NO!

It was, in the ideal, supposed to be. I believe that it was Thomas Jefferson who said we should overthrow the government every 100 years to keep it from becoming, well, what it is today.

(checks watch) We are a little late.

4)ties/vested interest/why?

Yes, i am a hippie freak if you haven't guessed yet. Also a cosmic monkey.

Why do i feel we are all connected? i hurt when i see someone cry, even strangers.

i give too much money to street people.

Why? Because i care. i am filled to overflowing with love for the beautiful, the mundane, sadness, happiness, everything.

Ok, here's the viewpoint.
Read any physics?
Every bit of matter in our universe: humankind, animals, stars, trash, dust, excrement;

is all made of the same atomic structure.

What forms you also forms the dancing stars and that pile of dog doo you stepped in last week.

Sounds strange, but to me is totally liberating and exciting.

So we are all inherent structures of the universe. That implies connection, in my deviant mind.

Also note universe? Starts with uni? That prefix meaning...

5) govern
be governed
leader/politician debate

To govern is to regulate, control, determine, decide.

Therefore to be governed is to subject yourself to these regulations, controls, etc.

Honestly, is any one of us truly completely governed? Aren't there rules which all of us deliberately choose not to follow?

Do you speed on the way to work?
Use your tongue on your wife/husband once in a while?
You may be just as dang subversive as i am!
In totally different ways, everyone sheds their submission to government once in a while.
How could they not, when our amerikan life is regulated to the eyeteeth!

No, a leader is not a politician.
A politician in our current society is a tool of commerce.
Not how it should be, how it is.

Thank you so much for your questions which made me think
Deep Thoughts, yeah, like the blonde female Jack Handy.
And, it was amazing to read everyone's responses.

2/02/2006 02:57:00 PM  
Anonymous Sarcastro said...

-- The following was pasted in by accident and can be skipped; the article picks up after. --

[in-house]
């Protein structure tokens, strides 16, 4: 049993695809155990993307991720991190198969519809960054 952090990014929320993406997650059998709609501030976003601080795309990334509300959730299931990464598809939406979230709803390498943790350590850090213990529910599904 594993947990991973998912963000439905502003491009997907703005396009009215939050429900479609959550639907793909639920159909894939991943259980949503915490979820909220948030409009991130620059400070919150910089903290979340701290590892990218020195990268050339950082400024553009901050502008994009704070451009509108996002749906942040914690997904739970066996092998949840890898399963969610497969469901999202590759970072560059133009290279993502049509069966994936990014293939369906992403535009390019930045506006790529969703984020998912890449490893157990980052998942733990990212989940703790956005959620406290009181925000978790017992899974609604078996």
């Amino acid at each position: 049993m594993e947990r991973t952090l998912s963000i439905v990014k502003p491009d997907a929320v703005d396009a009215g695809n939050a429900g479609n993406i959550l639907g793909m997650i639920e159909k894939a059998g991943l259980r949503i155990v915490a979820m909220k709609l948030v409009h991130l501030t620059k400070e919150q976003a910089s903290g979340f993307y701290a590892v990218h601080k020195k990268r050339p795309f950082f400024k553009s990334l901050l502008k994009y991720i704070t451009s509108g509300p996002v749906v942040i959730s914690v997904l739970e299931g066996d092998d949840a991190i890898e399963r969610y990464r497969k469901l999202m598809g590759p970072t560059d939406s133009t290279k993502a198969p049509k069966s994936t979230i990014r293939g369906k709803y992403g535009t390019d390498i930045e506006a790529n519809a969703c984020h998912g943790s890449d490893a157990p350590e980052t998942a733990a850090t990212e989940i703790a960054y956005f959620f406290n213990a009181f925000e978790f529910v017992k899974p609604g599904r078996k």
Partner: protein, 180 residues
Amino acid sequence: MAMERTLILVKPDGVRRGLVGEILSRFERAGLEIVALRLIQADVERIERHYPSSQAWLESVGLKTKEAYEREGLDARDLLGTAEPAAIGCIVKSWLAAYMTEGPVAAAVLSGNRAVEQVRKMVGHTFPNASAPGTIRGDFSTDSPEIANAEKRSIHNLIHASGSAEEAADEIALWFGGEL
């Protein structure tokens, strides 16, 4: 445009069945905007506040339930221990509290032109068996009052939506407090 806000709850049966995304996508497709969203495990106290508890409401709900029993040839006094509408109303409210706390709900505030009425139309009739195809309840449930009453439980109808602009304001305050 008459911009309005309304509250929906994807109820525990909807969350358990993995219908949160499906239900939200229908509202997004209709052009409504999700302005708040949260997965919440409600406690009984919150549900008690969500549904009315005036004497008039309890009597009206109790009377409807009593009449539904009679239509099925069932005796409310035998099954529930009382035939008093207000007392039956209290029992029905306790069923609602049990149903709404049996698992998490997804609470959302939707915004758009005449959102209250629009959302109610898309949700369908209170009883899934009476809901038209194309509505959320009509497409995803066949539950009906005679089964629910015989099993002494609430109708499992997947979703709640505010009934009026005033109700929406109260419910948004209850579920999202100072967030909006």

Do you have vanishing twin syndrome or an underdeveloped fetus that goes to law school at night?

If not, you are an individual.

2/02/2006 03:00:00 PM  
Blogger Aunt B said...

I'm not sure I buy that--that defining "individual" is that easy. Because y'all seem to use that word to mean a human being complete in his own self, with no ties but the ones he forges to connect him with anyone.

Or do I misunderstand?

2/02/2006 03:01:00 PM  
Blogger Exador said...

Yes B, you are beholden to obey the laws of that society or risk punishment from that society.

That's why I'm stuck paying taxes for things I don't agree with.

My only recourse is to try to change those laws, i.e., convince society to change its law.

2/02/2006 03:05:00 PM  
Blogger Kat Coble said...

Coble says "If you participate in the society and enjoy the fruits of the common, you are beholden to the will of the common and its codes of behaviour." but then also says "Nothing ties me to you. I have no vested interest in your well-being unless I have entered into a familial contract with you."

But aren't those two different things? How can you both participate in society and have no ties to the other members of that society?


No. I believe in limited free association. I pay taxes and don't beat my dogs and don't rob liquor stores. That engenders me a right to have roads to drive on and an army to protect me.

Just because we both pay taxes doesn't mean that I have automatically consented to be beholden to you in a familial (cymru) sense. It means you get to drive on the road and I get to drive on the road and the soldiers protect us both.

It doesn't mean that you "deserve" to have all of your needs from the base to the top of Mazlow's Hierarchy underwritten by me.

It's like the difference between a Neighborhood Watch Program and a Nanny State.

Don't get me started on Flat Tax.

2/02/2006 03:27:00 PM  
Blogger Church Secretary said...

However, why is there any physical necessity in the first place?